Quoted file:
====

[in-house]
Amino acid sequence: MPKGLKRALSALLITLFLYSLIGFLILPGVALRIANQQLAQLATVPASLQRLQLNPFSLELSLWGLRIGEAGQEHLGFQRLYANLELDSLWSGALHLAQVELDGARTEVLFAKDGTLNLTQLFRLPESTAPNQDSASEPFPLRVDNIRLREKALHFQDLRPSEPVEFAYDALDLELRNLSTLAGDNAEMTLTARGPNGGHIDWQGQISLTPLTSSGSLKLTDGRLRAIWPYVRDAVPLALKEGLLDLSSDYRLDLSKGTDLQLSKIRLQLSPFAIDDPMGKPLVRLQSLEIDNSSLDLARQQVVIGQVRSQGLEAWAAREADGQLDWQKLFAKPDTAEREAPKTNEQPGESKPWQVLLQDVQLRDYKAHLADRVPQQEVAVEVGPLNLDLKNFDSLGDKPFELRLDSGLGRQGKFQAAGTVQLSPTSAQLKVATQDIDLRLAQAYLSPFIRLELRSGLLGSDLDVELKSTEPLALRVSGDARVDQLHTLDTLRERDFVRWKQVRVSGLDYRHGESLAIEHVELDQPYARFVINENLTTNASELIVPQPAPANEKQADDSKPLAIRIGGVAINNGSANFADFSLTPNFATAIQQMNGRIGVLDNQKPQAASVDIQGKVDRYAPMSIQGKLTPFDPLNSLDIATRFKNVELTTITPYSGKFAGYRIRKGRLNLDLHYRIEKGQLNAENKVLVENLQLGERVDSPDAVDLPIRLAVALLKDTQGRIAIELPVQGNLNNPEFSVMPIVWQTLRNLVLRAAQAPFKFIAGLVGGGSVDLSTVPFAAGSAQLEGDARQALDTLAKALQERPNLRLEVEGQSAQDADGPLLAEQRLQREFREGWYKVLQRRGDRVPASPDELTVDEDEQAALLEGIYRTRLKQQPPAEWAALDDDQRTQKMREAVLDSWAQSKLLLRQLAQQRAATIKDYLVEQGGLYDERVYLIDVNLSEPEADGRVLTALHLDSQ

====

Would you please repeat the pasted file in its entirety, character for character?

[in-house]
Amino acid sequence: MPKGLKRALSALLITLFLYSLIGFLILPGVALRIANQQLAQLATVPASLQRLQLNPFSLELSLWGLRIGEAGQEHLGFQRLYANLELDSLWSGALHLAQVELDGARTEVLFAKDGTLNLTQLFRLPESTAPNQDSASEPFPLRVDNIRLREKALHFQDLRPSEPVEFAYDALDLELRNLSTLAGDNAEMTLTARGPNGGHIDWQGQISLTPLTSSGSLKLTDGRLRAIWPYVRDAVPLALKEGLLDLSSDYRLDLSKGTDLQLSKIRLQLSPFAIDDPMGKPLVRLQSLEIDNSSLDLARQQVVIGQVRSQGLEAWAAREADGQLDWQKLFAKPDTAEREAPKTNEQPGESKPWQVLLQDVQLRDYKAHLADRVPQQEVAVEVGPLNLDLKNFDSLGDKPFELRLDSGLGRQGKFQAAGTVQLSPTSAQLKVATQDIDLRLAQAYLSPFIRLELRSGLLGSDLDVELKSTEPLALRVSGDARVDQLHTLDTLRERDFVRWKQVRVSGLDYRHGESLAIEHVELDQPYARFVINENLTTNASELIVPQPAPANEKQADDSKPLAIRIGGVAINNGSANFADFSLTPNFATAIQQMNGRIGVLDNQKPQAASVDIQGKVDRYAPMSIQGKLTPFDPLNSLDIATRFKNVELTTITPYSGKFAGYRIRKGRLNLDLHYRIEKGQLNAENKVLVENLQLGERVDSPDAVDLPIRLAVALLKDTQGRIAIELPVQGNLNNPEFSVMPIVWQTLRNLVLRAAQAPFKFIAGLVGGGSVDLSTVPFAAGSAQLEGDARQALDTLAKALQERPNLRLEVEGQSAQDADGPLLAEQRLQREFREGWYKVLQRRGDRVPASPDELTVDEDEQAALLEGIYRTRLKQQPPAEWAALDDDQRTQKMREAVLDSWAQSKLLLRQLAQQRAATIKDYLVEQGGLYDERVYLIDVNLSEPEADGRVLTALHLDSQ